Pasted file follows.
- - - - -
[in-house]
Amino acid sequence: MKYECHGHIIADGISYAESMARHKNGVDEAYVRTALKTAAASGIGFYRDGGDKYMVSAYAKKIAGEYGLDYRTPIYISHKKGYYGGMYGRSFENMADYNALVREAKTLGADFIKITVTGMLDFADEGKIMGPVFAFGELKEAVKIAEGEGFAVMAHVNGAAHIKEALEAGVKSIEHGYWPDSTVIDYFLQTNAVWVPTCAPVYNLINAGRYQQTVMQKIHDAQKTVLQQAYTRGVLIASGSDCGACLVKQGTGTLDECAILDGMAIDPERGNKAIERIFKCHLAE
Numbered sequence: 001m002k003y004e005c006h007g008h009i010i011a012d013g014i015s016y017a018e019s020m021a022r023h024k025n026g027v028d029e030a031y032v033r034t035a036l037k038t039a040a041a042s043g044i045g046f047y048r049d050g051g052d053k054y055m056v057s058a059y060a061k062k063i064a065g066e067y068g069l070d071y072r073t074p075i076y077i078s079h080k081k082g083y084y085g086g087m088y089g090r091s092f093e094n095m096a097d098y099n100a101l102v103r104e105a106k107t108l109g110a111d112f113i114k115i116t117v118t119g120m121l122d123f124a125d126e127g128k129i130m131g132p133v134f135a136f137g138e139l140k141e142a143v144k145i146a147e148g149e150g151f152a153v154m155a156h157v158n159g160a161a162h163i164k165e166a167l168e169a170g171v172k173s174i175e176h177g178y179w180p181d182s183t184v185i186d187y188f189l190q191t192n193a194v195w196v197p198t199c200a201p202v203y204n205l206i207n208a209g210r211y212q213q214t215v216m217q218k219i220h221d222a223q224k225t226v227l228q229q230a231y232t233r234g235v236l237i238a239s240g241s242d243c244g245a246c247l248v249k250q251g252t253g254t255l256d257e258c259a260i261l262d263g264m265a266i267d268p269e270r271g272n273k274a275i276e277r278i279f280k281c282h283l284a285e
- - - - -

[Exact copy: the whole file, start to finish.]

[in-house]
Amino acid sequence: MKYECHGHIIADGISYAESMARHKNGVDEAYVRTALKTAAASGIGFYRDGGDKYMVSAYAKKIAGEYGLDYRTPIYISHKKGYYGGMYGRSFENMADYNALVREAKTLGADFIKITVTGMLDFADEGKIMGPVFAFGELKEAVKIAEGEGFAVMAHVNGAAHIKEALEAGVKSIEHGYWPDSTVIDYFLQTNAVWVPTCAPVYNLINAGRYQQTVMQKIHDAQKTVLQQAYTRGVLIASGSDCGACLVKQGTGTLDECAILDGMAIDPERGNKAIERIFKCHLAE
Numbered sequence: 001m002k003y004e005c006h007g008h009i010i011a012d013g014i015s016y017a018e019s020m021a022r023h024k025n026g027v028d029e030a031y032v033r034t035a036l037k038t039a040a041a042s043g044i045g046f047y048r049d050g051g052d053k054y055m056v057s058a059y060a061k062k063i064a065g066e067y068g069l070d071y072r073t074p075i076y077i078s079h080k081k082g083y084y085g086g087m088y089g090r091s092f093e094n095m096a097d098y099n100a101l102v103r104e105a106k107t108l109g110a111d112f113i114k115i116t117v118t119g120m121l122d123f124a125d126e127g128k129i130m131g132p133v134f135a136f137g138e139l140k141e142a143v144k145i146a147e148g149e150g151f152a153v154m155a156h157v158n159g160a161a162h163i164k165e166a167l168e169a170g171v172k173s174i175e176h177g178y179w180p181d182s183t184v185i186d187y188f189l190q191t192n193a194v195w196v197p198t199c200a201p202v203y204n205l206i207n208a209g210r211y212q213q214t215v216m217q218k219i220h221d222a223q224k225t226v227l228q229q230a231y232t233r234g235v236l237i238a239s240g241s242d243c244g245a246c247l248v249k250q251g252t253g254t255l256d257e258c259a260i261l262d263g264m265a266i267d268p269e270r271g272n273k274a275i276e277r278i279f280k281c282h283l284a285e